Human Histone Acetyltransferase 1 Protein Preferentially Acetylates H4 Histone Molecules in H3.1-H4 over H3.3-H4

Department of Biochemistry and Molecular Biology, Mayo Clinic, Rochester, Minnesota 55905, USA.
Journal of Biological Chemistry (Impact Factor: 4.57). 02/2012; 287(9):6573-81. DOI: 10.1074/jbc.M111.312637
Source: PubMed


In mammalian cells, canonical histone H3 (H3.1) and H3 variant (H3.3) differ by five amino acids and are assembled, along with histone H4, into nucleosomes via distinct nucleosome assembly pathways. H3.1-H4 molecules are assembled by histone chaperone CAF-1 in a replication-coupled process, whereas H3.3-H4 are assembled via HIRA in a replication-independent pathway. Newly synthesized histone H4 is acetylated at lysine 5 and 12 (H4K5,12) by histone acetyltransferase 1 (HAT1). However, it remains unclear whether HAT1 and H4K5,12ac differentially regulate these two nucleosome assembly processes. Here, we show that HAT1 binds and acetylates H4 in H3.1-H4 molecules preferentially over H4 in H3.3-H4. Depletion of Hat1, the catalytic subunit of HAT1 complex, results in reduced H3.1 occupancy at H3.1-enriched genes and reduced association of Importin 4 with H3.1, but not H3.3. Finally, depletion of Hat1 or CAF-1p150 leads to changes in expression of a H3.1-enriched gene. These results indicate that HAT1 differentially impacts nucleosome assembly of H3.1-H4 and H3.3-H4.

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    • "In Drosophila, truncation mutation of the N-terminal tail of H3 compromised replication-coupled nucleosome assembly, indicating that the role of the N-terminal tail of histone H3 in acetylation appears to be conserved among different species [39]. Moreover, H3K56 acetylation is important for nucleosome assembly during DNA replication and repair, both in budding yeast and humans, at least in part by enhancing the interaction between CAF-1 and H3/H4 [51,52,54–56]. "
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    ABSTRACT: Chromatin is subject to proofreading and repair mechanisms during the process of DNA replication, as well as repair to maintain genetic and epigenetic information and genome stability. The dynamic structure of chromatin modulates various nuclear processes, including transcription and replication, by altering the accessibility of the DNA to regulatory factors. Structural changes in chromatin are affected by the chemical modification of histone proteins and DNA, remodeling of nucleosomes, incorporation of variant histones, noncoding RNAs, and nonhistone DNA-binding proteins. Phenotypic diversity and fidelity can be balanced by controlling stochastic switching of chromatin structure and dynamics in response to the environmental disruptors and endogenous stresses. The dynamic chromatin remodeling can, therefore, serve as a sensor, through which environmental and/or metabolic agents can alter gene expression, leading to global cellular changes involving multiple interactive networks. Furthermore its recent evidence also suggests that the epigenetic changes are heritable during the development. This review will discuss the environmental sensing system for chromatin regulation and genetic and epigenetic controls from developmental perspectives.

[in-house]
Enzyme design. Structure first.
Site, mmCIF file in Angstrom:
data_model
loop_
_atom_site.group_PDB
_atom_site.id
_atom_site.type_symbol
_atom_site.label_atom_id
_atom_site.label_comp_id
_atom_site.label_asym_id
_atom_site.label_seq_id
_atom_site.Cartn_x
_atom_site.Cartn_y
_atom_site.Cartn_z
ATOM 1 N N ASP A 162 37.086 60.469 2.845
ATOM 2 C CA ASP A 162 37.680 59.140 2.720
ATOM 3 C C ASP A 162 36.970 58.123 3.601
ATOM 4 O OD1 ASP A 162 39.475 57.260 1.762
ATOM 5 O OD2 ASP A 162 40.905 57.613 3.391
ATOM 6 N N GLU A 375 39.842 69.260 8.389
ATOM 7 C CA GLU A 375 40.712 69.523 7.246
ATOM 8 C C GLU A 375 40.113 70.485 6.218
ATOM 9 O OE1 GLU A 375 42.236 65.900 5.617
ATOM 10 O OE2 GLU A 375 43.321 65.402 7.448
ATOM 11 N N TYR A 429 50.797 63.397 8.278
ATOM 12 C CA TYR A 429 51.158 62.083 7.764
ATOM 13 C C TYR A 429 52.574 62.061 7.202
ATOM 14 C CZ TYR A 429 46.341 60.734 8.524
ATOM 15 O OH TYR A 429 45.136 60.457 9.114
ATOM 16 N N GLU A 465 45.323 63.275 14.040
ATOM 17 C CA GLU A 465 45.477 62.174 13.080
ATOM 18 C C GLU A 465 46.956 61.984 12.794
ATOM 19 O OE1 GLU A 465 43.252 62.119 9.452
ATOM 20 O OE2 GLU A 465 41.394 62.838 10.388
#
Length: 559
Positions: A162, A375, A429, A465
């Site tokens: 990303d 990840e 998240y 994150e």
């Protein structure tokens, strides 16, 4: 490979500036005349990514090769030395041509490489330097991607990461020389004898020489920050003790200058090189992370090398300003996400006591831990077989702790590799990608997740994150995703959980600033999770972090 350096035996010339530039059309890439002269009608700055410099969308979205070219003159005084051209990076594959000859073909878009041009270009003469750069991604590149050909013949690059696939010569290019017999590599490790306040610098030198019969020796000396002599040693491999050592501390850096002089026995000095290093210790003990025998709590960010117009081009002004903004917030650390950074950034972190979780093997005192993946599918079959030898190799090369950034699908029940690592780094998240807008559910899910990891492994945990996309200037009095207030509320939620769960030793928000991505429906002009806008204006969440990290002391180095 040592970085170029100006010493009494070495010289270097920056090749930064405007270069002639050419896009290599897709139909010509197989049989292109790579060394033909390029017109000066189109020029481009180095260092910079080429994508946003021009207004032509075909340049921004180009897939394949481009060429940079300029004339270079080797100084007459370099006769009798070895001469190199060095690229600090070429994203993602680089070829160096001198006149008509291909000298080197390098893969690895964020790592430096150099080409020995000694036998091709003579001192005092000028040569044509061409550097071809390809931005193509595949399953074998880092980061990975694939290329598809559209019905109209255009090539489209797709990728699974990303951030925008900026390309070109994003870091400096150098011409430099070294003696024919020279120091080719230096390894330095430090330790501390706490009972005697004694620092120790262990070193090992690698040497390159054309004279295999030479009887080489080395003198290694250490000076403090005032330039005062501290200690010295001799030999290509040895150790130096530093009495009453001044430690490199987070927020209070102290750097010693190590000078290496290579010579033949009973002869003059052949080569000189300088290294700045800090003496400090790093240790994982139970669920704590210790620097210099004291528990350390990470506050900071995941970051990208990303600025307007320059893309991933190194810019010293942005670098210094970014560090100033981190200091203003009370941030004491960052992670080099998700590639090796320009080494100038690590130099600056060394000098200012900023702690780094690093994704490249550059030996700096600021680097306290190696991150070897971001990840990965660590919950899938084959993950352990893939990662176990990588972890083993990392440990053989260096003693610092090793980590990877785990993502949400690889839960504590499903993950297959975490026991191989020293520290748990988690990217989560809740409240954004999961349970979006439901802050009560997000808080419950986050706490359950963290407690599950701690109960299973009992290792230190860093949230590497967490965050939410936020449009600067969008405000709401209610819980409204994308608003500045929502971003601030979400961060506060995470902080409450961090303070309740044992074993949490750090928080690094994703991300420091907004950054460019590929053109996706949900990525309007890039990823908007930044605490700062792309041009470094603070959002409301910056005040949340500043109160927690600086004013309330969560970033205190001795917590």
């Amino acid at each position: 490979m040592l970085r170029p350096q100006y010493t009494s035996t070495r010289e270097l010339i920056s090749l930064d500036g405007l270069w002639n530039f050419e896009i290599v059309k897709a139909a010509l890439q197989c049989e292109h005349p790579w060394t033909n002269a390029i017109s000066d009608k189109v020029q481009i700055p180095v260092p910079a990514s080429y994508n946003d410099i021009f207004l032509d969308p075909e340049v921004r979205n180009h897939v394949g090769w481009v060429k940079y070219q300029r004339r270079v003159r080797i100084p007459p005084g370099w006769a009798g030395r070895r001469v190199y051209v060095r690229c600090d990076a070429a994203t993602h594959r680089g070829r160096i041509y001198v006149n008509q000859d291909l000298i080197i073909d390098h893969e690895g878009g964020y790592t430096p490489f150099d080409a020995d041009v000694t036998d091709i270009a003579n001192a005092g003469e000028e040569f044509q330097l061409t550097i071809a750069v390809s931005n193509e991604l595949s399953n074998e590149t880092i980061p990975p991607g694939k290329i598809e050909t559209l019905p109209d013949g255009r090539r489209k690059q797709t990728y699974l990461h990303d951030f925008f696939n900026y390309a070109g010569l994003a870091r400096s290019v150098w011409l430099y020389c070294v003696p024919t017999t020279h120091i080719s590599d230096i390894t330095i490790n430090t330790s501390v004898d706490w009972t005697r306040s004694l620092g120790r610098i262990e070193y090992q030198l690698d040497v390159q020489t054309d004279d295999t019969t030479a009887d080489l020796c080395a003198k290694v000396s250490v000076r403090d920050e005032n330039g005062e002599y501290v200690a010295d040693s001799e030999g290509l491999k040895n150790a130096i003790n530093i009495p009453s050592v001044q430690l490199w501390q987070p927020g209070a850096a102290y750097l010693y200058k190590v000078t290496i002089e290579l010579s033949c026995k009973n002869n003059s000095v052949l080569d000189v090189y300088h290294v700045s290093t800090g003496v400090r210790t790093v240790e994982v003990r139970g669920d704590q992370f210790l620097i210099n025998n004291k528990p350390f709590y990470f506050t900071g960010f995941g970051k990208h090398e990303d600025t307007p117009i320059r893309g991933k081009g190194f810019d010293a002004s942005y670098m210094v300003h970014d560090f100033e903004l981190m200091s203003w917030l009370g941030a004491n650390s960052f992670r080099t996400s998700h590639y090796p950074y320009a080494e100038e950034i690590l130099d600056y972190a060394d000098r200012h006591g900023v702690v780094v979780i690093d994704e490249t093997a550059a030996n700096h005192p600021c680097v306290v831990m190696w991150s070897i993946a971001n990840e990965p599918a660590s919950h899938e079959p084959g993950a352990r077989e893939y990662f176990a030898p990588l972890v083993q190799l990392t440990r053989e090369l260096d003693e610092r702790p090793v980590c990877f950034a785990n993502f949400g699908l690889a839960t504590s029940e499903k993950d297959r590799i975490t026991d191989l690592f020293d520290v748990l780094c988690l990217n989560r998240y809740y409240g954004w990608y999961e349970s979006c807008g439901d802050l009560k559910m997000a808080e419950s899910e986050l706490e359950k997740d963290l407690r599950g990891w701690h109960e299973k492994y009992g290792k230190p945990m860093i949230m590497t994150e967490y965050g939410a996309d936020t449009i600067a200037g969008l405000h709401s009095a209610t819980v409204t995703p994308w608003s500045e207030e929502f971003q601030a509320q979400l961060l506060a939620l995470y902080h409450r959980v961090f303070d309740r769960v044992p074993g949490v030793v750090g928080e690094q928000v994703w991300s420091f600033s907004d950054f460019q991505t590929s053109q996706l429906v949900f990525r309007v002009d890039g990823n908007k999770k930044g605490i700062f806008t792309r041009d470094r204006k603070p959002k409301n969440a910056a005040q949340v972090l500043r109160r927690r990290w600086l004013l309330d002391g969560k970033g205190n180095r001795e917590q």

01/2014; 5(1). DOI:10.4172/2157-2518.1000156
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    • "These findings indicate that histone H4 also mediate the interaction between H3.3-H4 and their chaperones, raising the possibility that modifications on histone H4 can impact the interactions between histone and H3-H4 binding proteins. Indeed, acetylation of H4K5, K12 by Hat1 in human cells enhances the interactions of importin 4 with H3.1, but not H3.3 (25). In addition, phosphorylation of histone H4S47 increases the interaction between H3.3-H4 and HIRA and consequently regulates H3.3 deposition (26). "